PTU - Polskie Towarzystwo Urologiczne
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Resiniferatoxin (RTX)-induced changes in the chemical coding of inferior mesenteric ganglion (IMG) neurons supplying porcine urinary bladder.
Article published in Urologia Polska 2008/61/Supl. 1.


Mariusz Majewski, Agnieszka Bossowska, Joanna Wojtkiewicz, Celina Kowalska, Izabela Janiuk, Artur Zapart, Andrzej Borkowski, Piotr Radziszewski
Katedra Fizjologii Człowieka, Wydział Nauk Medycznych, Uniwersytet Warmińsko-Mazurski w Olsztynie
Klinika Urologii Ogólnej, Onkologicznej i Czynnościowej Warszawskiego Uniwersytetu Medycznego



Resiniferatoxin (RTX) is a natural, highly potent neurotoxin acting by activa-tion of the vanilloid receptor in a subpopulation of primary afferent sensory neurons involved in nociception. Although this substance becomes more often used in experimental therapy of sensory system disorders, to the present time there is no data concerning the influence of RTX on the chemical coding of sympathetic IMG neurons supplying the urinary bladder in the pig, an animal species that can be used as a very good animal model for human lower urinary tract.


The present study was aimed at revealing the chemical coding of IMG neurons supplying urinary bladder after intravesical instillation of RTX.

Materials and methods.

Urinary bladder wall was injected with retrograde tracer Fast Blue (FB) in twelve juvenile female pigs and an intravesical instillation of RTX (500 nmol per animal) was performed three weeks later in six of them. One week later, IMGs were collected from all animals and were processed for a routine single- and double-immunofluorescence labeling on 10 μm-thick cryostat sections.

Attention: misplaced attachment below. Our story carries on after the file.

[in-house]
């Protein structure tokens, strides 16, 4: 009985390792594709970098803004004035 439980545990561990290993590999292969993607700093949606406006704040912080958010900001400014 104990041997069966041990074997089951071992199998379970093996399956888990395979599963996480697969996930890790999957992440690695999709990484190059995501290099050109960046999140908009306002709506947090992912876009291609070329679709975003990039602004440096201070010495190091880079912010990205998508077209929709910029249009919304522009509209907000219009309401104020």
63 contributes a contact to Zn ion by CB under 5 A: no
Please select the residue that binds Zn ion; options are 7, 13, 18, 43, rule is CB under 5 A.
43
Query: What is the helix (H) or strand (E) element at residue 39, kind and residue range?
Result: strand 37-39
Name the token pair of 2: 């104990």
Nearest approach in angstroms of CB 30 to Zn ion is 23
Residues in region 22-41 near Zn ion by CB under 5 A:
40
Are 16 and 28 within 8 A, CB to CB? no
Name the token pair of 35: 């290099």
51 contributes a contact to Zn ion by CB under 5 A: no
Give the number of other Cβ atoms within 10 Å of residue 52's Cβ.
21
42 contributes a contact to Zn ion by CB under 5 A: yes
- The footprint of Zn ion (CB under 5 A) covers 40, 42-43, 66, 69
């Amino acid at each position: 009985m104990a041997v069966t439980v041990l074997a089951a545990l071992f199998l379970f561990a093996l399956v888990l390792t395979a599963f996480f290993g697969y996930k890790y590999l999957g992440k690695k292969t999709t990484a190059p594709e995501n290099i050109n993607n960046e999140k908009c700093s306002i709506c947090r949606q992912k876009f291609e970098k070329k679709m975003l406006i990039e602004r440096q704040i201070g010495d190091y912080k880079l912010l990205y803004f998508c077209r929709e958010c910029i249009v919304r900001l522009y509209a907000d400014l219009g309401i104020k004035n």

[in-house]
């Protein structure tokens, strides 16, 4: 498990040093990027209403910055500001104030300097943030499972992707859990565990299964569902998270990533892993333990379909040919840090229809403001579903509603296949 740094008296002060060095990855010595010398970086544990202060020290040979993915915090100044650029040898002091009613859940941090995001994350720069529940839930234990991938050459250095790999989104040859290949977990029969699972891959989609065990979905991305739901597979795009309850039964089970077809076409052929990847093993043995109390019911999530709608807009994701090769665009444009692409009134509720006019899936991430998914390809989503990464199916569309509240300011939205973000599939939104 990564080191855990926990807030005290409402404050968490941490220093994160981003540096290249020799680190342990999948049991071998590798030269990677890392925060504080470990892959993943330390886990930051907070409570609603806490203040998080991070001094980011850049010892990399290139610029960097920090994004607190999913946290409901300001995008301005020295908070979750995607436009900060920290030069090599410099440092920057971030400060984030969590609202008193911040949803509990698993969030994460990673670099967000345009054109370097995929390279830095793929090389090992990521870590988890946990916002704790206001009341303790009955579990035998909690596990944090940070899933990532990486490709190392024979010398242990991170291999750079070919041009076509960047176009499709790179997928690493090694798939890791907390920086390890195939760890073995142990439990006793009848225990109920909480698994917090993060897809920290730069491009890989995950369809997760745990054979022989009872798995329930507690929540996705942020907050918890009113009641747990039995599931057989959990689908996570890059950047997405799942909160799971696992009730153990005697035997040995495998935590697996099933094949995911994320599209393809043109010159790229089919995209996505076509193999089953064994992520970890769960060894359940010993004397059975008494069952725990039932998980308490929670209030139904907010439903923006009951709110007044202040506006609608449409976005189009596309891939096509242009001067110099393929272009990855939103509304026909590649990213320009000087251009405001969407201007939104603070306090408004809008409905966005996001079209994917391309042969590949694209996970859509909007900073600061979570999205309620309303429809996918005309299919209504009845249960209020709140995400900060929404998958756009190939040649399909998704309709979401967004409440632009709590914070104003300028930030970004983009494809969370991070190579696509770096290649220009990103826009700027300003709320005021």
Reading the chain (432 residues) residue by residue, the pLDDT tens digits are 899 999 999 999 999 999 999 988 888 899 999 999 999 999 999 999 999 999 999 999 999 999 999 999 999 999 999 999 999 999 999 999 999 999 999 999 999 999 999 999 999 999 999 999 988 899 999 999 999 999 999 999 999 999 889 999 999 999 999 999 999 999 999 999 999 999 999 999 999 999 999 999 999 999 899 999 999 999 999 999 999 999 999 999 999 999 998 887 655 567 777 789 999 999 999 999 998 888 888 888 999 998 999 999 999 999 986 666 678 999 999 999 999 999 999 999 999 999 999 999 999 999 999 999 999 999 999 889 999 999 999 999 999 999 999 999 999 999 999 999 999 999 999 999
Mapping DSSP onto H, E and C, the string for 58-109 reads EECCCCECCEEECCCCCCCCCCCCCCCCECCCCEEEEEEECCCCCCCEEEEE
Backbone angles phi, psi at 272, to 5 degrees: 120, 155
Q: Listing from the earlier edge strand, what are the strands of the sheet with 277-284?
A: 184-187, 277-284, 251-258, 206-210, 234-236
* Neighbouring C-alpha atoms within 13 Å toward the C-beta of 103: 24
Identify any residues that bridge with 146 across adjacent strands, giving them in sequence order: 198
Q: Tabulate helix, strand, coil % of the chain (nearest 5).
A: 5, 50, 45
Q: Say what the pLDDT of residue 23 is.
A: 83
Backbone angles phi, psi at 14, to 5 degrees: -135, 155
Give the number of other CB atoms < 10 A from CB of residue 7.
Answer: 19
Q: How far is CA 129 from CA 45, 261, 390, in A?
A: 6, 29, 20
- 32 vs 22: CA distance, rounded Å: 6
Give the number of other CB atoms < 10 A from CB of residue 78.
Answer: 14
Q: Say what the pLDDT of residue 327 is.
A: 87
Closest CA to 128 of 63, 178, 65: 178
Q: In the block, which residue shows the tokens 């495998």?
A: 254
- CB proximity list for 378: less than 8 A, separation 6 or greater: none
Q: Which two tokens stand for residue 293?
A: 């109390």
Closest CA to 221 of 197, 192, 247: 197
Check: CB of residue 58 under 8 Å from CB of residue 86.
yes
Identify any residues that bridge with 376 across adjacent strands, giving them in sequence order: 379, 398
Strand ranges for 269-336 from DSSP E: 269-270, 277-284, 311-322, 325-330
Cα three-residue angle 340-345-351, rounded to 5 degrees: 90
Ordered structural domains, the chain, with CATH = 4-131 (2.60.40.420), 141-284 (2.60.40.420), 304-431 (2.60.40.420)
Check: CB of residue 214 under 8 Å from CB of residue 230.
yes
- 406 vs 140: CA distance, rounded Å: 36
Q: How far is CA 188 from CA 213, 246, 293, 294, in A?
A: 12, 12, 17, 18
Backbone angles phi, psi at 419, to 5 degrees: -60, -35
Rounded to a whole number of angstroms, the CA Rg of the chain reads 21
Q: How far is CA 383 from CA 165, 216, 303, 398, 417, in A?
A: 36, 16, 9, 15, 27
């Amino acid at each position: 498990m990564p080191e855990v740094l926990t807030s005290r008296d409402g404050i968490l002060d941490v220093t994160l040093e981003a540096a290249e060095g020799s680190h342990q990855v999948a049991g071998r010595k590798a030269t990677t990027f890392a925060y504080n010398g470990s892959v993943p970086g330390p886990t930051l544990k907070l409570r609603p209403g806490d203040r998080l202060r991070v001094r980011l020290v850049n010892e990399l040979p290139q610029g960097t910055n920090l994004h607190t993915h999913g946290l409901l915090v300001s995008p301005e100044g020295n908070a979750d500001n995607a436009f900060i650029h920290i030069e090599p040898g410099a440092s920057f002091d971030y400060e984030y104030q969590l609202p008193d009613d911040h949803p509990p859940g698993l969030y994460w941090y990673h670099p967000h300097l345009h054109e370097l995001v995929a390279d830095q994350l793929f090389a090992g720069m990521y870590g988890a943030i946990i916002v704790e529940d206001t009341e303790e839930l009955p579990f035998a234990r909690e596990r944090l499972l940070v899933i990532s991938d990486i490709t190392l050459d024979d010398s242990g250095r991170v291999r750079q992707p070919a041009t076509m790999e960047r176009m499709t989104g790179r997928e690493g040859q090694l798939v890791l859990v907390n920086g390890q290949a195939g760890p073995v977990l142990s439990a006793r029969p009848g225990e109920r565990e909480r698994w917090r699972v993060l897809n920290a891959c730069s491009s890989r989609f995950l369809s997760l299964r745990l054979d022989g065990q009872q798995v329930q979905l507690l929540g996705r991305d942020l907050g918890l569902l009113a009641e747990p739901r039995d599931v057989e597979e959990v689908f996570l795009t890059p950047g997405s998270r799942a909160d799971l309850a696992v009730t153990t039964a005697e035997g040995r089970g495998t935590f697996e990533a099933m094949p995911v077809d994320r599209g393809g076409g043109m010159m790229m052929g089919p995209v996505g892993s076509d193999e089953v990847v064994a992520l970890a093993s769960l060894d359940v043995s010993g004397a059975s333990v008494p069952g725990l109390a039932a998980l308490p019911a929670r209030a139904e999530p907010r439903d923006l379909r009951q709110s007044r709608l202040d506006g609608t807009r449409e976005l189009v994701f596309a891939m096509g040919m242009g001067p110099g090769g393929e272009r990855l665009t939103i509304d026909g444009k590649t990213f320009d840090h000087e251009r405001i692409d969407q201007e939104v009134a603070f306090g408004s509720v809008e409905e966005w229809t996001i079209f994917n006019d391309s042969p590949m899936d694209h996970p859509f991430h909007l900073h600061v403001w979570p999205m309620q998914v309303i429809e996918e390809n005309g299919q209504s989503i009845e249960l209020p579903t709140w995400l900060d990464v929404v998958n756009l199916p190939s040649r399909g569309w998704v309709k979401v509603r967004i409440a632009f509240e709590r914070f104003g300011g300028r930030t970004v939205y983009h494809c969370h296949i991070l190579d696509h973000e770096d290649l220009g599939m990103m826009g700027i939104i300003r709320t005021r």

In control animals, the vast majority of FB+ neurons contained tyrosine hydroxylase/ dopamine β-hydroxylase (TH/DβH) and/or neuropeptide Y(NPY-IR (95% and 85% of all retrogradely labeled neurons, respectively). A small number of FB+ cells contained also somatostatin (SOM), vasoative intestinal polypeptide (VIP), calbidin (CB) and galanin (GAL; 2.2%; 2%; 1.7% and 1.2%, respectively). After RTX-treatment, a significant decrease in the number of FB+ neurons containing NPY and VIP were observed (55%, 0), while the number of SOM and GAL-IR bladder-projecting sympathetic neurons increased (up to 55% and 13%, respectively). Changes in the “solely” noradrenergic neurons (TH/DβH-IR) were not observed.


As may be judged from the results of the present study, RTX appears to be able to induce changes in the chemical coding of not only sensory neurons, but also of noradrenergic cells constituting the efferent limb of the filling phase. Thus, it appears that in further studies focusing on the RTX usage in the therapy of neurogenic bladder illnesses, this neurotoxin may also be possibly applied in the cases of disturbed neural control of the detrusor; however, this hypothesis must be further experimentally validated.